Dust Bunny Queen said...

Men, the enemy...

What a fucking asshole!


This was the main reason that I totally was uninterested in the feminist movement. The big "L" in the feminist movement.

The idea that there is a 'war' of the sexes or that it should be men and women against each other, just didn't jive with my world view, my experiences and the example of my parents.

My mother was a woman in a predominantly man's occupation and to my knowledge experienced no discrimination. She was able to excel in her career/job, get along very well with men and be a feminine role model.

Men and women need each other to be complete. To think otherwise is sick and against nature.

El Pollo Real said...

If you were studying art, would your teacher tell you you needed a "sugar daddy" and offer to give you some names and phone numbers? Tell me, really... was it like that for you?

I don't know about the art world but I do what it was like to prepare years for a career, go through the job interview process (at a public university), then learn later that "they would have hired you but the reality is that they needed to hire a woman or a minority."

So I guess I can understand your frustration.

traditionalguy said...

The Professor's point is well taken. There are men in Academia and professions that say a women cannot take away a man's job. And the Good Old Boy system is alive and well inside many areas of politics and Academia. But what does that have to do with getting revenge to the point of women working hard to seduce married women into leaving their husbands as Jill Johnston promoted with the glee of a victorious conqueror? She was pure evil.

shoutingthomas said...

My parents told me that going to college was impossible. That was for other people.

My father (a wonderful man I do not blame) expected me to drop out out of college and go to work every time life became difficult for me or for my family.

My family simply never had a foothold in the larger world. They had no idea how to navigate that world.

I'm not looking for sympathy or excuses. Why are you?

Seven Machos said...

At my wife's job, they would love nothing in the world more than to have more women ending up in the highest positions. The firm actively tries to make that happen. I am quite sure that in the professions it is this way all over the country.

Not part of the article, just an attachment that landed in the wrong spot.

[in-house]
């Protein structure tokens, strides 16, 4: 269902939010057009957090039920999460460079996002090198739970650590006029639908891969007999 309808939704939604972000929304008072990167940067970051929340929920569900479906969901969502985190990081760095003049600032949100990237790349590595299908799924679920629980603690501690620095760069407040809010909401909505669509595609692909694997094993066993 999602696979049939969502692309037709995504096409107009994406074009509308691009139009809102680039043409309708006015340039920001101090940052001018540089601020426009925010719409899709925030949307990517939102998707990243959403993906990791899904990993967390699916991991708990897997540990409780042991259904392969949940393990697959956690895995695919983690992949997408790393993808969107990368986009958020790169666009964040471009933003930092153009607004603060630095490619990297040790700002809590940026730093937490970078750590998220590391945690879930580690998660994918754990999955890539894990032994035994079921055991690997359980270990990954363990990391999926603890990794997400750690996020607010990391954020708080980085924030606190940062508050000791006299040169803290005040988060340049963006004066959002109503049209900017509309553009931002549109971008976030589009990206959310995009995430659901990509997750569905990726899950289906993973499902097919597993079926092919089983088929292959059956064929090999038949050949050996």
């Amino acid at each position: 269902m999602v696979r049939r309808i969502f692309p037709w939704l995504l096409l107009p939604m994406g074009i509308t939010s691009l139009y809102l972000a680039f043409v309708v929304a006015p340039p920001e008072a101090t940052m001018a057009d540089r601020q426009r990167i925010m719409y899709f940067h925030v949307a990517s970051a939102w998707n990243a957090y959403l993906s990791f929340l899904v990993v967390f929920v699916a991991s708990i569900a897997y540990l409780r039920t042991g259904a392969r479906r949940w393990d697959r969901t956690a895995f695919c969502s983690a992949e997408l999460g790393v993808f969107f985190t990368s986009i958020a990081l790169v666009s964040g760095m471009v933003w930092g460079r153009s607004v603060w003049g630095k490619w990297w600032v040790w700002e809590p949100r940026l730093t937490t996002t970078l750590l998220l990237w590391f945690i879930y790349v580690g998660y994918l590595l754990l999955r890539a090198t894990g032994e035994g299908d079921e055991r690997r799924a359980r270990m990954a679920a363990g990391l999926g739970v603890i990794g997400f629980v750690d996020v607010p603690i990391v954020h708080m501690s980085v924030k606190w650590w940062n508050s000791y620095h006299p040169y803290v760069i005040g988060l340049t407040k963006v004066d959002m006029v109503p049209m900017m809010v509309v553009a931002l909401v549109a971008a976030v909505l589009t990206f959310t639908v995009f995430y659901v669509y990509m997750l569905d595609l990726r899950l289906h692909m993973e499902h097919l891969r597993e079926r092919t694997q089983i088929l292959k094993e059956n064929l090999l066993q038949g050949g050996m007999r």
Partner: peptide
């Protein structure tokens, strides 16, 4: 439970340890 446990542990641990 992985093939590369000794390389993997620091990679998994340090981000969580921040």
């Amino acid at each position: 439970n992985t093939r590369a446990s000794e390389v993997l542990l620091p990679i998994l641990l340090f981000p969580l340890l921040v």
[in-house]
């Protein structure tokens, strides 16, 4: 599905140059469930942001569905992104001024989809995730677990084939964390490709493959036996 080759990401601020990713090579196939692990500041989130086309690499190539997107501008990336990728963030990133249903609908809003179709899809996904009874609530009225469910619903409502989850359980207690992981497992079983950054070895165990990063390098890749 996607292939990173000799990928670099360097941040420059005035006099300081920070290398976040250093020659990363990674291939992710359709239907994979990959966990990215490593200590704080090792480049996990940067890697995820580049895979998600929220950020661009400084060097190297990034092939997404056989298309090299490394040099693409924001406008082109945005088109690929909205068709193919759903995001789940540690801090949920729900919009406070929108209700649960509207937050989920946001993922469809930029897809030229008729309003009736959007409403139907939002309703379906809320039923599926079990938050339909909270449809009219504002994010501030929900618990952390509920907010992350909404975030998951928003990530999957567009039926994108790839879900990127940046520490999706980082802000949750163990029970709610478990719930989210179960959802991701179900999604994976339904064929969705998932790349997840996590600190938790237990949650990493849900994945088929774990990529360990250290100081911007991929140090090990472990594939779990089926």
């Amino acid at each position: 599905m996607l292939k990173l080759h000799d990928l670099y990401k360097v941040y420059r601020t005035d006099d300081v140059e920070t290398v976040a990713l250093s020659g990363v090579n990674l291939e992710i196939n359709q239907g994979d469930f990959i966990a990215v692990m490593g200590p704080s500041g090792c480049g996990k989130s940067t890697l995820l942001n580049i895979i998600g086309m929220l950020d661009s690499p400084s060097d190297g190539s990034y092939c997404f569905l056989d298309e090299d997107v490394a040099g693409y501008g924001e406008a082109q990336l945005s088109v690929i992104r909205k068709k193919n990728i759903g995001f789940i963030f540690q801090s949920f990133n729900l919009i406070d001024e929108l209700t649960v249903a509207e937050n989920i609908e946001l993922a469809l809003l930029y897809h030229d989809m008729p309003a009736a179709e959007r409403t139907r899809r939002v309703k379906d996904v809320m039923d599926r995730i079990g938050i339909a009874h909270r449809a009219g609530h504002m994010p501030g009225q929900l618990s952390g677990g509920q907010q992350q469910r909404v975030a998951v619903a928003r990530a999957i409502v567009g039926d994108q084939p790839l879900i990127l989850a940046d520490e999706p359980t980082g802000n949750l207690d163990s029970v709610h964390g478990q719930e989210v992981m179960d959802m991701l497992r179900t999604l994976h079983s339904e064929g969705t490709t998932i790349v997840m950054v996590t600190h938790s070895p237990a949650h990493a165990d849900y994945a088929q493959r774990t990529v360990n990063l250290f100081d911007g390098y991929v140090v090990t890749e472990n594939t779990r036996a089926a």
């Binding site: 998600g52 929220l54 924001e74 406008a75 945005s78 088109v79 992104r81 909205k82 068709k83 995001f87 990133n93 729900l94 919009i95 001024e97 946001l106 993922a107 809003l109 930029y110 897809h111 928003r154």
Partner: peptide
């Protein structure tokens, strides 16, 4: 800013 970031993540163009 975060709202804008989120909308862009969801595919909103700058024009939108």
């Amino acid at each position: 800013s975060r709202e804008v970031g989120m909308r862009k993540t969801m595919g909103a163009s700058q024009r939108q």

Palladian said...

"If you were studying art, would your teacher tell you you needed a "sugar daddy" and offer to give you some names and phone numbers? Tell me, really... was it like that for you?"

If only!

El Pollo Real said...

Trad Guy wrote: She was pure evil.

Maybe hell has an opening for a new PA Announcer (paging blogfather)

Was she a good speaker?

shoutingthomas said...

The world of the arts is a miserable shithole for most people.

I suspect that your teacher was clumsily trying to tell you this.

Believe me, my teachers tried to tell me what a miserable shithole I'd find in the arts.

They were absolutely right.

Carol said...

"being told that I just didn't know yet that I was a lesbian'

I grew up in LA/H'wood area..I recall mid 1970s, after my best friend's husband had "come out," how she was agonizing over why she wasn't attracted to women, as she thought she should be. I mean, she felt guilty about it.

It was all absolutely nuts and I soon moved to flyover country and never looked back.

1jpb said...

"by the way, I was subjected to quite a bit of discrimination by my employer (which was the best of its kind in the entire world). As a matter of policy I was banned from being truthful, and though I was the instrumental to the success of my organization, I was told that I was so awful that I could only exist in a closet"

Maybe I edited Althouse's words, but I'm sure they paraphrase at least a few other folks, in a (seemingly) different context.

I wonder if Althouse can identify w/ these folks. Or, is she more persuaded by the folks who can list all sorts of reasons to justify this biased treatment of some citizens?

shoutingthomas said...

Ann, your sense of entitlement is off the wall.

People treat you like shit... And you think it's an ideological issue that the larger world should fix.

I was taught to expect to be treated like shit and to learn to deal with it.

Your attitude is preposterous.

damikesc said...

I'll argue that we have a situation now where boys are actively discriminated against in education...and they have precious few people who will actually stand up and defend them.

I have two sons and I'm going to instill in them the belief that they are not the problem, that they are not oppressors, and that they can achieve whatever they want.

I'll drill it in their heads constantly because I know schools won't do it. They will prompt us to drug our sons. I will have to work extra hard to help my sons learn because school is set up in every possible way to impede the education of boys.

Modern feminism killed itself when it decided that attacking men was their goal. Women have sons and most aren't bitchy enough to view their sons as being evil. In fact, I know few women below the age of 40 who have any actual respect for the feminist movement.

venckman said...

That quote is really quite hateful. What a sad attitude to be known for.

edutcher said...

Feminism was originally advertised as women wanting to stand with men as equals; to stand up and do whatever job came along without favoritism or the need to ask somebody to do the hard or icky stuff.

Some found that to be more than they bargained for and they decided they wanted preferential treatment instead. And The Democrat Party said, "Let's make a deal".

Ann Althouse said...